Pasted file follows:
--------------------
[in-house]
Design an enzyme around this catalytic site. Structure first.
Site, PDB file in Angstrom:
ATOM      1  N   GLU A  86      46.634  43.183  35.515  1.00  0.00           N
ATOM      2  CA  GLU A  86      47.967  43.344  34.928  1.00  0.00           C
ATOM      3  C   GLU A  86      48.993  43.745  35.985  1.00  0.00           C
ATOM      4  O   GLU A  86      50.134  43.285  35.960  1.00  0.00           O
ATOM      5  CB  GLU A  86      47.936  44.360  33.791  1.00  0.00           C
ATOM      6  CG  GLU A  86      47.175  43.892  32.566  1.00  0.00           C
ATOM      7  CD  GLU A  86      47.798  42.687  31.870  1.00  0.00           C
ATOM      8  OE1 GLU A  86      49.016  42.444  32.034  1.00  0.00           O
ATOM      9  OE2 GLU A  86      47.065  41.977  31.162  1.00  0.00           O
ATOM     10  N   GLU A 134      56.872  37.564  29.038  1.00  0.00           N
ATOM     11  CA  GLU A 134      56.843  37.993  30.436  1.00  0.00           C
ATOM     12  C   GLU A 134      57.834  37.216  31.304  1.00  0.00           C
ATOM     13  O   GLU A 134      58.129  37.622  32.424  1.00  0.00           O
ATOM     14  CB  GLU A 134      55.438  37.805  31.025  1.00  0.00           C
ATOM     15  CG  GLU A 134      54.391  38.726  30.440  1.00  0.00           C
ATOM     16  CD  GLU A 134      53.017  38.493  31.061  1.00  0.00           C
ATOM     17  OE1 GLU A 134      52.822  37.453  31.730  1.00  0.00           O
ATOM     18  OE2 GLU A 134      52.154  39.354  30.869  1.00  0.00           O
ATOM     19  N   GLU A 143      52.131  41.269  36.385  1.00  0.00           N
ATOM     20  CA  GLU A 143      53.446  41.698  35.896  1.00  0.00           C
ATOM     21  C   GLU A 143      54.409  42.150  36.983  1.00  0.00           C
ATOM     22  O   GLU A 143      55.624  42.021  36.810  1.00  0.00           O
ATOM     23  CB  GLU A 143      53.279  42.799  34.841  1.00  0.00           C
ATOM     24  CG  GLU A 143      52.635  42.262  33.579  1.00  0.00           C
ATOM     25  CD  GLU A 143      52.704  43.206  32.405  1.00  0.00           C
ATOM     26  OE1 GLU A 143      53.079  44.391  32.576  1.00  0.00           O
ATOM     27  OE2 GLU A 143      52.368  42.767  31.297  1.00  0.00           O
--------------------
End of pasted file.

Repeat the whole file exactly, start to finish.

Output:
[in-house]
Design an enzyme around this catalytic site. Structure first.
Site, PDB file in Angstrom:
ATOM      1  N   GLU A  86      46.634  43.183  35.515  1.00  0.00           N
ATOM      2  CA  GLU A  86      47.967  43.344  34.928  1.00  0.00           C
ATOM      3  C   GLU A  86      48.993  43.745  35.985  1.00  0.00           C
ATOM      4  O   GLU A  86      50.134  43.285  35.960  1.00  0.00           O
ATOM      5  CB  GLU A  86      47.936  44.360  33.791  1.00  0.00           C
ATOM      6  CG  GLU A  86      47.175  43.892  32.566  1.00  0.00           C
ATOM      7  CD  GLU A  86      47.798  42.687  31.870  1.00  0.00           C
ATOM      8  OE1 GLU A  86      49.016  42.444  32.034  1.00  0.00           O
ATOM      9  OE2 GLU A  86      47.065  41.977  31.162  1.00  0.00           O
ATOM     10  N   GLU A 134      56.872  37.564  29.038  1.00  0.00           N
ATOM     11  CA  GLU A 134      56.843  37.993  30.436  1.00  0.00           C
ATOM     12  C   GLU A 134      57.834  37.216  31.304  1.00  0.00           C
ATOM     13  O   GLU A 134      58.129  37.622  32.424  1.00  0.00           O
ATOM     14  CB  GLU A 134      55.438  37.805  31.025  1.00  0.00           C
ATOM     15  CG  GLU A 134      54.391  38.726  30.440  1.00  0.00           C
ATOM     16  CD  GLU A 134      53.017  38.493  31.061  1.00  0.00           C
ATOM     17  OE1 GLU A 134      52.822  37.453  31.730  1.00  0.00           O
ATOM     18  OE2 GLU A 134      52.154  39.354  30.869  1.00  0.00           O
ATOM     19  N   GLU A 143      52.131  41.269  36.385  1.00  0.00           N
ATOM     20  CA  GLU A 143      53.446  41.698  35.896  1.00  0.00           C
ATOM     21  C   GLU A 143      54.409  42.150  36.983  1.00  0.00           C
ATOM     22  O   GLU A 143      55.624  42.021  36.810  1.00  0.00           O
ATOM     23  CB  GLU A 143      53.279  42.799  34.841  1.00  0.00           C
ATOM     24  CG  GLU A 143      52.635  42.262  33.579  1.00  0.00           C
ATOM     25  CD  GLU A 143      52.704  43.206  32.405  1.00  0.00           C
ATOM     26  OE1 GLU A 143      53.079  44.391  32.576  1.00  0.00           O
ATOM     27  OE2 GLU A 143      52.368  42.767  31.297  1.00  0.00           O